The Trump administration launched its first economic talks with China on Wednesday, amid signs that new difficulties were emerging in the friendly dialogue the two governments have been holding over the past three months.
"The fundamental asymmetry in our trade relationship and unequal market access must be addressed," Commerce Secretary Wilbur Ross said at the outset of the discussions Wednesday morning.
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Mr. Ross praised as "significant" some sector-specific market-opening agreements reached between the two governments earlier this year, but added: "The hardest work remains to be done."
People familiar with the meetings said that, as of early Wednesday, U.S. officials were expecting a tough day of discussions and that considerable distance remained between the two sides over what kind of concrete agreement -- if any -- they hope to reach during the day.
As the opening ceremony for the daylong talks was winding down, the Treasury Department announced it was canceling a 5 p.m. news conference that had been scheduled for Mr. Ross and Treasury Secretary Steven Mnuchin, the U.S. co-chairmen of the talks. The Treasury didn't provide a reason for the cancellation, but the people familiar with the discussions said it may be intended to signal displeasure with the prospects for reaching any agreement Wednesday, or a sense that they may have nothing concrete to announce by day's end.
The Chinese government also canceled its planned news conference, without offering an explanation.
During last year's presidential campaign, President Donald Trump regularly criticized Chinese trade policy, and China's $300 billion trade surplus with the U.S., vowing to take drastic unilateral action -- such as across-the-board tariffs -- to curb the imbalance.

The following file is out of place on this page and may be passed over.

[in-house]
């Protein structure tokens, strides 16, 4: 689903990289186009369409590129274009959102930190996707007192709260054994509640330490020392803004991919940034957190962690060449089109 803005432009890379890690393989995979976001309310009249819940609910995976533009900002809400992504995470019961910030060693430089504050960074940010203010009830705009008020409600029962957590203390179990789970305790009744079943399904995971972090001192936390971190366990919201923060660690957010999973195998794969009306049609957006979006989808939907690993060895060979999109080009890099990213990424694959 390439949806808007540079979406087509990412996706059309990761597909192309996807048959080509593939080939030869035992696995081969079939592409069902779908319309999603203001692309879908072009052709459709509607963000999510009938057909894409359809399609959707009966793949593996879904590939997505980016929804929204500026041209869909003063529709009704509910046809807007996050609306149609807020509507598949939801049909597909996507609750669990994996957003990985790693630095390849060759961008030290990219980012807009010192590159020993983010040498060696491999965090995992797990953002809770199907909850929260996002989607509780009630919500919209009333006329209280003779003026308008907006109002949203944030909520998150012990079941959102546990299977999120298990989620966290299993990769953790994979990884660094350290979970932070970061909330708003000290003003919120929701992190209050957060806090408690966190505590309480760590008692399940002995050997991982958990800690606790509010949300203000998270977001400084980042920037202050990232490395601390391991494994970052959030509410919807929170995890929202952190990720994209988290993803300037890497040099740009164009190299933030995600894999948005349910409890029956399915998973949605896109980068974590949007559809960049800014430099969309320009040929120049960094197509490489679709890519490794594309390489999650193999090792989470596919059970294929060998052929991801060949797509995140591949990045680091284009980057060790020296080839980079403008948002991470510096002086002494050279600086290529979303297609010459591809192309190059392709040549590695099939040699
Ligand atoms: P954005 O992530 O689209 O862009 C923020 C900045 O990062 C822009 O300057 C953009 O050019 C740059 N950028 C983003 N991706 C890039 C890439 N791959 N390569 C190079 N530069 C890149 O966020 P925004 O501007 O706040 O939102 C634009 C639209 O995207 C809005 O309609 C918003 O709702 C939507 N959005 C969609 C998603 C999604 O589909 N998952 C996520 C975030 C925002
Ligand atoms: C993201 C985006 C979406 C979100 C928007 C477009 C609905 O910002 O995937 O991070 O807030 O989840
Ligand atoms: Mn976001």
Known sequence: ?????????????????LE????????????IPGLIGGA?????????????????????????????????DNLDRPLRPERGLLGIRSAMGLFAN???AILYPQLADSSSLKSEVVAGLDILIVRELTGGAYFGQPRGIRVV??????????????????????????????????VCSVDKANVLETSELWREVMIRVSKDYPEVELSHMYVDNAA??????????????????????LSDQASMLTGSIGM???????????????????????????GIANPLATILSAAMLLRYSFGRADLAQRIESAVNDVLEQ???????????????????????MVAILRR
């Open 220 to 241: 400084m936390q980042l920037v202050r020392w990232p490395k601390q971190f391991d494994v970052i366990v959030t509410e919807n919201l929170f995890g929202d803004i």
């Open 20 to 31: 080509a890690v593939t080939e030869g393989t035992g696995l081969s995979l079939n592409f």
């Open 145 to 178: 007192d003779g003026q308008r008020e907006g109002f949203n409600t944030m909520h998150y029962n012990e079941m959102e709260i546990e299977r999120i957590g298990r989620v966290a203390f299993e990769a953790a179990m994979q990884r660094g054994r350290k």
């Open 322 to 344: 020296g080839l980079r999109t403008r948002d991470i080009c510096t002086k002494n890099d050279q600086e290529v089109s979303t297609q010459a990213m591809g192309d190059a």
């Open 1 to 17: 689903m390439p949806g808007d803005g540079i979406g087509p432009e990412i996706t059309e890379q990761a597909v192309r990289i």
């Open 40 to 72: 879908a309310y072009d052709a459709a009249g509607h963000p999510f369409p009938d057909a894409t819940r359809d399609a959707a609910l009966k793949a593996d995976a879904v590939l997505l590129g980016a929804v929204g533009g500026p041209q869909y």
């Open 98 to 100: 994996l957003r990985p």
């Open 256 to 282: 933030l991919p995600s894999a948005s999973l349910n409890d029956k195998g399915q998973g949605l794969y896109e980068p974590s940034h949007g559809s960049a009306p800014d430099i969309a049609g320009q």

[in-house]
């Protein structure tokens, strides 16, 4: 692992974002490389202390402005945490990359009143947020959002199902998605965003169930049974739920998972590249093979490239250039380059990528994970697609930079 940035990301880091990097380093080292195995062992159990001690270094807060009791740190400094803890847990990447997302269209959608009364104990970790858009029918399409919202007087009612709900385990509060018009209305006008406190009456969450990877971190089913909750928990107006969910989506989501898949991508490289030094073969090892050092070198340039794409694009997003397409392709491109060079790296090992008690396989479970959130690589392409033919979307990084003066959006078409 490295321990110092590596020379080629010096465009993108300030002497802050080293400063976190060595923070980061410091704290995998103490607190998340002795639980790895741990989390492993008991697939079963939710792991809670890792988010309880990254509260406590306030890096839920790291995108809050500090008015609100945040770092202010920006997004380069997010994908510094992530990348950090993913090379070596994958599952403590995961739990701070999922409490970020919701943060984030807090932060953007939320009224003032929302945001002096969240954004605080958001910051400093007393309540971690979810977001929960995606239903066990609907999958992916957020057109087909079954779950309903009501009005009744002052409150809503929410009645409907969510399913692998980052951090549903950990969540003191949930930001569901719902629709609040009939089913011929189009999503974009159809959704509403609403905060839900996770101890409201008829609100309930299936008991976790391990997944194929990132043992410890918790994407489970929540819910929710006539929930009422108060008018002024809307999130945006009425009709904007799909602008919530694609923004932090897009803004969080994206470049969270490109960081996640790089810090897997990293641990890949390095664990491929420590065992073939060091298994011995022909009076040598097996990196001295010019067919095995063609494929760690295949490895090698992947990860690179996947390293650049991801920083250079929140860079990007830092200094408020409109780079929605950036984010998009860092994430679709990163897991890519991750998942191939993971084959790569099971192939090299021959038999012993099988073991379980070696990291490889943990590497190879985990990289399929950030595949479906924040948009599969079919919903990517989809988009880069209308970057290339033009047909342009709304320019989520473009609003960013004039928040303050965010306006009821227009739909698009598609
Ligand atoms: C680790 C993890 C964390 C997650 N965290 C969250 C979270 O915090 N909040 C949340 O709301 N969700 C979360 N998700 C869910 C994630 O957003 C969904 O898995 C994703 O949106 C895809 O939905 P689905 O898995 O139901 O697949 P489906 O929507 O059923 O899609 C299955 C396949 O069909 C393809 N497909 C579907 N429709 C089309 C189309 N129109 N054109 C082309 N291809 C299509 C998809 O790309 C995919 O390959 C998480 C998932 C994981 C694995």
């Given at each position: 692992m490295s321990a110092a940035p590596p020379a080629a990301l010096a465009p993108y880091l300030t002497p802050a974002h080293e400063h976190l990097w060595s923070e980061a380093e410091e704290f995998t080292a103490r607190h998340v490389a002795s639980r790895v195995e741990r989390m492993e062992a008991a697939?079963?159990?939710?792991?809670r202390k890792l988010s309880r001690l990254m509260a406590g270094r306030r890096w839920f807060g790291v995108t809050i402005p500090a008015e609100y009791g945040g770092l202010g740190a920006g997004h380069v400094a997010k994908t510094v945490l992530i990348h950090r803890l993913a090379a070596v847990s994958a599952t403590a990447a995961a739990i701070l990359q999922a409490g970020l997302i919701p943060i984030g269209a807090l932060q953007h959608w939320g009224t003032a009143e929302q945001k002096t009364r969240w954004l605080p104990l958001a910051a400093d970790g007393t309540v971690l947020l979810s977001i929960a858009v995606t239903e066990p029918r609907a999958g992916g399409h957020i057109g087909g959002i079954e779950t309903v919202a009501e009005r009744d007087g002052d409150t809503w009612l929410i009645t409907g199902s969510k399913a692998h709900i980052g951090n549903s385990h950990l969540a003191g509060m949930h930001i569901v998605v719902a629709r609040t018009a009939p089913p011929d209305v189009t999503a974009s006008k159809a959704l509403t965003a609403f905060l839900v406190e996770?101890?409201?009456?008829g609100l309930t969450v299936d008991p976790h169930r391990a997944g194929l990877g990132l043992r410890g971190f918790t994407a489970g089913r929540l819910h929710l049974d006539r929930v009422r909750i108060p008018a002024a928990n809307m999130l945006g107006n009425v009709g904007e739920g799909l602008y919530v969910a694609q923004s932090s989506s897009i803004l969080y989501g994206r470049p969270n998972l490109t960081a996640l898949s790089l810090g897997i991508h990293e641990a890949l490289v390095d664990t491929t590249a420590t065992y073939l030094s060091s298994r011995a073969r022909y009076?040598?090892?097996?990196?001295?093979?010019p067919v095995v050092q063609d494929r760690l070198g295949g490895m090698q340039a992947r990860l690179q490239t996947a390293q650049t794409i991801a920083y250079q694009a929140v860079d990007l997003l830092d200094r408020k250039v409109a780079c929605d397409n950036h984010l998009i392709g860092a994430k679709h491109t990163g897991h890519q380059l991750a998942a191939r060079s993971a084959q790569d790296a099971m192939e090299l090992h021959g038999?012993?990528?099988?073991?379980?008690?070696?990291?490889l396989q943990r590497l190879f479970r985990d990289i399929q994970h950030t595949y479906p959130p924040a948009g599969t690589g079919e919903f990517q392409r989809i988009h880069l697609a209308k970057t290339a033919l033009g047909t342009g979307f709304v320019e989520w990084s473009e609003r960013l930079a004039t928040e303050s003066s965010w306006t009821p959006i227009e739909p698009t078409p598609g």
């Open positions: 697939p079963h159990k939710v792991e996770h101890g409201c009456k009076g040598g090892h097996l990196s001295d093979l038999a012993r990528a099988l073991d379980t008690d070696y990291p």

As president, he has taken a softer tone, especially during an April Florida summit with Chinese President Xi Jinping, where the two leaders vowed to work together in a new "comprehensive economic dialogue" to craft a blueprint for rebalancing the economic relationship over 100 days. This week's talks were scheduled to mark the end of that timetable.
Mr. Trump has also continued to hold out the possibility of using unilateral enforcement actions to pressure China if the dialogue doesn't yield results he considers satisfactory. His administration is, among other things, weighing plans to place tariffs on steel imports as a way of putting new pressure on Beijing to curb overcapacity in that sector.
Officials didn't release a more specific agenda of topics or sectors that would be covered during Wednesday's discussions. The meetings are scheduled to last until late afternoon. Mr. Mnuchin said at the opening ceremony that the day's talks would cover "a range of issues," including "Chinese intervention in the economy" in industry and agriculture, as well as Chinese "cyberpolicies."
Wednesday's talks are similar to high-level economic discussions launched in 2006 under President George W. Bush and continued under President Barack Obama. But Mr. Trump has decided to put a greater emphasis on the economic side of the relationship, by splitting economic and security meetings that were run together under Mr. Obama.
As an early down payment for the 100-day effort launched by Messrs. Trump and Xi, the two sides in early May announced five sector-specific market-opening measures, focused on finance and agriculture.
"Compared with previous economic talks, this comprehensive economic dialogue is an even more daunting task as it will focus on topics of overarching and strategic importance to our economic cooperation," Chinese Vice Premier Wang Yang said, joining Messrs. Ross and Mnuchin. "Our two teams have worked around the clock" in preparation for the Wednesday session, he added. He said the talks had been "more frequent and intense" than intricate, lengthy talks surrounding China's 2001 entry into the World Trade Organization.
Write to Jacob M. Schlesinger at email@example.com
(END) Dow Jones Newswires
July 19, 2017 11:56 ET (15:56 GMT)